Kurosh Djafarian, John R. Speakman, Joanne Stewart, Diane M. Jackson
Open Journal of Pediatrics (OJPed) , 2013, DOI: 10.4236/ojped.2013.34076
Abstract:

Introduction: Motion sensors are mechanical and electronic devices, which detect the body movement and provide an estimate of physical activity in children and adults. However, they need to be validated against criterion methods such as direct observation. The purpose of this study was to validate a wrist worn accelerometer to quantify the physical activity of children, by comparison to direct observation using the Children’s Activity Rating Scale (CARS). Materials and Methods: Data were recorded from 42 children, aged 3 - 5 years (22 boys and 20 girls), of whom each was observed each minute for 2 hours using Children’s Activity Rating Scale (CARS) while they wore the Actiwatch. Results: The CARS score and activity counts from the accelerometer were averaged over 1- to 10-minute periods across all individuals. There was a significant positive correlation between the mean CARS scores and the mean Actiwatch counts over simultaneous 1- to 10-minute periods ranging from r = 0.41 to r = 0.63 (P < 0.001). To assess validity of the data, a cross validation method was applied. There was no significant difference between the predicted and the observed CARS scores in the validation sample. Given the data from the Actiwatch (averaged over a 5-minute epoch), the equivalent CARS score could be calculated with a 95% confidence level of plus or minus 0.74 CARS units. Conclusion: These data suggest that the Actiwatch (a wrist worn accelerometer) is a valid tool for assessing levels of physical activity in young children.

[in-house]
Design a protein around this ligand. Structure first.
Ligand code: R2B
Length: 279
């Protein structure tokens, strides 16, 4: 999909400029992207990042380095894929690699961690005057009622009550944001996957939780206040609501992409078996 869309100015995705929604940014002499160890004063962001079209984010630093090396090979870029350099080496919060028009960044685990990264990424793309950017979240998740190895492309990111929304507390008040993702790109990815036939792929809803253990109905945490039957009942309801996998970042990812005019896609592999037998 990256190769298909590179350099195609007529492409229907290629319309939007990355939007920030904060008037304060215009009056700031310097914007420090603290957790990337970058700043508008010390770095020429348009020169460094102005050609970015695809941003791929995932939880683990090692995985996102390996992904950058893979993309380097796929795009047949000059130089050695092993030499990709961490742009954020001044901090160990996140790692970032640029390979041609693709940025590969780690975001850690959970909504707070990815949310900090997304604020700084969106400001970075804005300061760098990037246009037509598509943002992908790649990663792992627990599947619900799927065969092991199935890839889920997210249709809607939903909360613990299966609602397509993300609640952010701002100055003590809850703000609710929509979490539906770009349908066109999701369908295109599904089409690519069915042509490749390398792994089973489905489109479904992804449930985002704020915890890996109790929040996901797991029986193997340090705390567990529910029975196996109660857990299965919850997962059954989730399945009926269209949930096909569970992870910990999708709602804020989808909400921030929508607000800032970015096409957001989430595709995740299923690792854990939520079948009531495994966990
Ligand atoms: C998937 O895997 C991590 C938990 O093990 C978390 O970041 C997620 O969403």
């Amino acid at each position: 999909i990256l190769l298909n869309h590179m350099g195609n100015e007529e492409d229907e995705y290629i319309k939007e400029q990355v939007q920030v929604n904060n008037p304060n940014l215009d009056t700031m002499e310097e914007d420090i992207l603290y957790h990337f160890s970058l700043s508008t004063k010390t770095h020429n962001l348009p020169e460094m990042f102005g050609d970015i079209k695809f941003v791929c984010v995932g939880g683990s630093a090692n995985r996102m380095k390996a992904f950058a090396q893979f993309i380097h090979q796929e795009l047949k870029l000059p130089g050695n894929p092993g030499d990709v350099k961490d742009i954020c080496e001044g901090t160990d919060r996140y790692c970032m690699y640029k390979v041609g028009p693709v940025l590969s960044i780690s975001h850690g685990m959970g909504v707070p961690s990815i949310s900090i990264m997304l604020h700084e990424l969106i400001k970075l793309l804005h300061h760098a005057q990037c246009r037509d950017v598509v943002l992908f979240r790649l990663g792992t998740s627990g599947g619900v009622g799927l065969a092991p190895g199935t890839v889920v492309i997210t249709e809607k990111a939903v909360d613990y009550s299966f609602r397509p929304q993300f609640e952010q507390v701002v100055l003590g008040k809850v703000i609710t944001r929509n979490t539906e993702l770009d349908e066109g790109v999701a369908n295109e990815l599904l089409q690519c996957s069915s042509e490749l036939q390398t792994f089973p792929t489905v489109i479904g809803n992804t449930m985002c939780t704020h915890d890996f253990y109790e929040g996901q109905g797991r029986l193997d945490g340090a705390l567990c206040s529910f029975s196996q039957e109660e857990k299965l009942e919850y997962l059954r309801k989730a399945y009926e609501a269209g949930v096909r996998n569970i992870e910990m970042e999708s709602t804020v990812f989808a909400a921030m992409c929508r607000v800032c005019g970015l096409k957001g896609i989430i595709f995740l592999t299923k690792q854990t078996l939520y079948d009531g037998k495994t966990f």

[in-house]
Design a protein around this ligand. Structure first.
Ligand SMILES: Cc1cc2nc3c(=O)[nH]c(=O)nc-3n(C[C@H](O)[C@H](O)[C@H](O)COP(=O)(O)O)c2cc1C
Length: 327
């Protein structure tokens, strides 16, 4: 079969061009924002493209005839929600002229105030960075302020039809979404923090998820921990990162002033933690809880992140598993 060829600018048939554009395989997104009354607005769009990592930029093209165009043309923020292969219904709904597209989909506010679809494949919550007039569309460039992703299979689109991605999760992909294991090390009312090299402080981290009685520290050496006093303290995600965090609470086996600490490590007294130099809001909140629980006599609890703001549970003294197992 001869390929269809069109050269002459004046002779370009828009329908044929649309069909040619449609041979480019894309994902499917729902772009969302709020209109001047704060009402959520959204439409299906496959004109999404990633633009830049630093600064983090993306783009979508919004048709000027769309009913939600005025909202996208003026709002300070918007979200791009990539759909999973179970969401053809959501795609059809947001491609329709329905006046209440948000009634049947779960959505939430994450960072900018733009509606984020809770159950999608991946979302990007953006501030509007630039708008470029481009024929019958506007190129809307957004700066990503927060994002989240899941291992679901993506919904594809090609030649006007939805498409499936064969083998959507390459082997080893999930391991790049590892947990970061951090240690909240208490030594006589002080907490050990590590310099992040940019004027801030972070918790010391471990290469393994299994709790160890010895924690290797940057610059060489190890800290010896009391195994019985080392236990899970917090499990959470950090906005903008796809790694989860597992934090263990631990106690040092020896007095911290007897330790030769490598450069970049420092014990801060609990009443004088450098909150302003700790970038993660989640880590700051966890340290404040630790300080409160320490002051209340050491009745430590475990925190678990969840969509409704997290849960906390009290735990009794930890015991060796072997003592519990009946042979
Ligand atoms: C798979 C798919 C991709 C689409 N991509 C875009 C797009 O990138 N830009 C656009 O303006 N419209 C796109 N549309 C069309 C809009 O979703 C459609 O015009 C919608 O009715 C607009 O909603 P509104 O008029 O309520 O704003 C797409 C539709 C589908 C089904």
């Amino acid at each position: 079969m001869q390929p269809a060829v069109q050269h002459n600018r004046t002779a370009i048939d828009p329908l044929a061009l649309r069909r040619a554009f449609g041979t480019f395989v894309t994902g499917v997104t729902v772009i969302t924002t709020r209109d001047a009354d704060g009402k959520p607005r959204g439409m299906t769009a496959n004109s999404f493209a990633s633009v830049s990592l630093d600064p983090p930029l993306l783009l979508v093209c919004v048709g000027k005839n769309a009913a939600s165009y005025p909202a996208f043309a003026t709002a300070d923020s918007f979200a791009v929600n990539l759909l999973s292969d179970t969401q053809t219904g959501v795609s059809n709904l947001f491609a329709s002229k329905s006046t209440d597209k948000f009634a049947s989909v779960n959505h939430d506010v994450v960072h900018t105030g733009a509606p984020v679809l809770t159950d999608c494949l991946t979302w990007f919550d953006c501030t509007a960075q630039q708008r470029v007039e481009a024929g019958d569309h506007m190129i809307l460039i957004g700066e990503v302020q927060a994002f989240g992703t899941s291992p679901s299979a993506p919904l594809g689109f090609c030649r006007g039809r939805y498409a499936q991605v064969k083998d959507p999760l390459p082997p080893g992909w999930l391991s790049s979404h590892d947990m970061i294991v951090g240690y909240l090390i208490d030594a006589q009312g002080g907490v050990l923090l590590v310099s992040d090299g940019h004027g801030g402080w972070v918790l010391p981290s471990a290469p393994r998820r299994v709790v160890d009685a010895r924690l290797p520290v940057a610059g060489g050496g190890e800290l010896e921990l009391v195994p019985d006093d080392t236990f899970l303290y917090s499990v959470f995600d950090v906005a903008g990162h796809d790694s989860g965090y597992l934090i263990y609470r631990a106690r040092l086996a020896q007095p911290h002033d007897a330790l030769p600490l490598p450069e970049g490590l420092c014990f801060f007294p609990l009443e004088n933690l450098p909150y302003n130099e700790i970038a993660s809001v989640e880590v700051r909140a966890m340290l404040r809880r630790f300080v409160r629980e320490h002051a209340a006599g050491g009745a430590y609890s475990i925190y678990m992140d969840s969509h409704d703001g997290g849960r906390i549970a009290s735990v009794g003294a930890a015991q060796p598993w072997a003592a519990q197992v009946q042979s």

Understanding the Person through Narrative
Joanne M. Hall,Jill Powell
Nursing Research and Practice , 2011, DOI: 10.1155/2011/293837
Abstract: Mental health nurses need to know their clients at depth, and to comprehend their social contexts in order to provide holistic care. Knowing persons through their stories, narratives they tell, provides contextual detail and person-revealing characteristics that make them individuals. Narratives are an everyday means of communicating experience, and there is a place for storytelling in nearly all cultures. Thus narrative is a culturally congruent way to ascertain and understand experiences. This means the nurse should ask questions such as “How did that come about?” versus why questions. A narrative approach stands in contrast to a yes/no algorithmic process in conversing with clients. Eliciting stories illustrates the social context of events, and implicitly provides answers to questions of feeling and meaning. Here we include background on narrative, insights from narrative research, and clinical wisdom in explaining how narratively understanding the person can improve mental health nursing services. Implications for theory, practice, and research are discussed. 1. Understanding the Person through Narrative Asking “What is your story? “will provide more knowledge about persons than asking “How are you?” Mental health nurses want to provide holistic care with in depth knowledge of persons in the context of their daily lives. How can we as nurses deeply know individuals without knowing their particular stories? These are the questions being considered in steadily increasing narrative-based health research [1–6]. New insights from this research as well as the principles of narrative can inform mental health nursing practice, because stories are the form of language most often used to convey experiences. 2. Narratives and Nursing Narratives have been central to nursing and will continue to be so. Nursing has a long history of using narratives in the form of clinical stories in communicating about patients, and in relating information among practitioners [7–10]. The patient history is based in part on narrative information as context for specific findings from examination [11, 12]. Thus narrative has relevance to nursing practice on several levels. Mental health is a field of nursing practice that might benefit from an even greater understanding and use of narrative in specific subpopulations, and at transitional points in the individual person’s life. Examples of transitional points are times of crisis, developmental milestones, relationship changes, getting a psychiatric diagnosis, and exacerbations. As persons, we use narrative to frame everyday events